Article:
In To Kill A Mockingbird, Atticus teaches his children what courage is. In chapter 10, Scout and Jem are surprised when their peaceful, non violent father is called to shoot the rabid dog in the street. Atticus shows courage by making the shot, as he must kill the dog before it can hurt anybody, and only has one shot to do so. He demonstrates courage further by not bragging about his talent, and choosing to live a peaceful life instead of often using his gun.
"I wanted you to see what real courage is, instead of getting the idea that courage is a man with a gun in his hand. It's when you know you're licked before you begin anyway and you see it through no matter what. You rarely win, but sometimes you do."
Atticus says this quote at the end of chapter 11, after Mrs. Dubose dies. Atticus makes Jem go to Mrs. Dubose's house and read to her every day, and it is not until afterward that Atticus explains Mrs. Dubose was battling a morphine addiction, and the reading helped her end it. Atticus explains what real courage is in order to teach his children.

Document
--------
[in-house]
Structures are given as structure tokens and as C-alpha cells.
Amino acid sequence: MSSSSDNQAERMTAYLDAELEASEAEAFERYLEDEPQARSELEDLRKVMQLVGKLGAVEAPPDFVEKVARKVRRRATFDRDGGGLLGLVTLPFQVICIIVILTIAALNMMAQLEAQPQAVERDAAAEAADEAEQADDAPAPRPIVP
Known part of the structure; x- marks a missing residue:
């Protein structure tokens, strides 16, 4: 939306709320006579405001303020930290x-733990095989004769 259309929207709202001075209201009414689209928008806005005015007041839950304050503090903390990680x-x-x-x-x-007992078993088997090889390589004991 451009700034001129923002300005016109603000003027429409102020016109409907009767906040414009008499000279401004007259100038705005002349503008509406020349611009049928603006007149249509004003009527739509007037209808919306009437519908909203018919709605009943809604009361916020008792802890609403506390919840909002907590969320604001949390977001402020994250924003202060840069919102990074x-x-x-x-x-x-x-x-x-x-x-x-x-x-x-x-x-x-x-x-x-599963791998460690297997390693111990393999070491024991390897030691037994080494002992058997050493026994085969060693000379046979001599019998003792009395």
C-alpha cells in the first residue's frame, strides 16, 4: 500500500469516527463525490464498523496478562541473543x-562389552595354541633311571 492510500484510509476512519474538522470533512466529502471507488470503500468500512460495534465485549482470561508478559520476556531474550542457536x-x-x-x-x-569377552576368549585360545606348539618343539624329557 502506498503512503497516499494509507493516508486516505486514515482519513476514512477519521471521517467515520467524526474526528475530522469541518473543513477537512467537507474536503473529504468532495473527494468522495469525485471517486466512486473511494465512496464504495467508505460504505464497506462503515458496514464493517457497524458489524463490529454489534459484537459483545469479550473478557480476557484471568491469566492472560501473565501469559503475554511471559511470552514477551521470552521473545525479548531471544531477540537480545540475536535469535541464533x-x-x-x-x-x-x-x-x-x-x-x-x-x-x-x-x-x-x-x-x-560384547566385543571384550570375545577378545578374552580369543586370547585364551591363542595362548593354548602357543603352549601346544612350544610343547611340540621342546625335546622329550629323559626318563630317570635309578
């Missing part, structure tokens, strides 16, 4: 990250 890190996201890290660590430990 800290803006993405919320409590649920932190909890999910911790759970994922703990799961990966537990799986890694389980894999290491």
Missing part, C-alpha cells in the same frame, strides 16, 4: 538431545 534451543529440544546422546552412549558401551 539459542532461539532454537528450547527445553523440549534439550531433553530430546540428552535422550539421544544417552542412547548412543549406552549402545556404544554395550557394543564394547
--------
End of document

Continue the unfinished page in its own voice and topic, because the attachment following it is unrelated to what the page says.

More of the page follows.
Atticus demonstrates this moral courage by accepting Tom Robinson's case and truly fighting for him. Atticus is assigned the case, but people become angry when they see that Atticus does all he can to help Tom get off. According to society, Atticus should not put forth his best effort in the defense, but Atticus does what he knows is right even if it is not popular.
Atticus shows courage when his children are attacked at the end of the novel. He believes Jem has killed Mr. Ewell, but does not want Heck Tate to cover it up.
"Heck," Atticus's back was turned. "If this thing's hushed up it'll be a simple denial to Jem of the way I've tried to raise him. Sometimes I think I'm a total failure as a parent, but I'm all they've got. Before Jem looks at anyone else he looks at me, and I've tried to live so I can look squarely back at him."
Atticus shows a moral courage throughout the novel in what he says, does, and teaches to his children.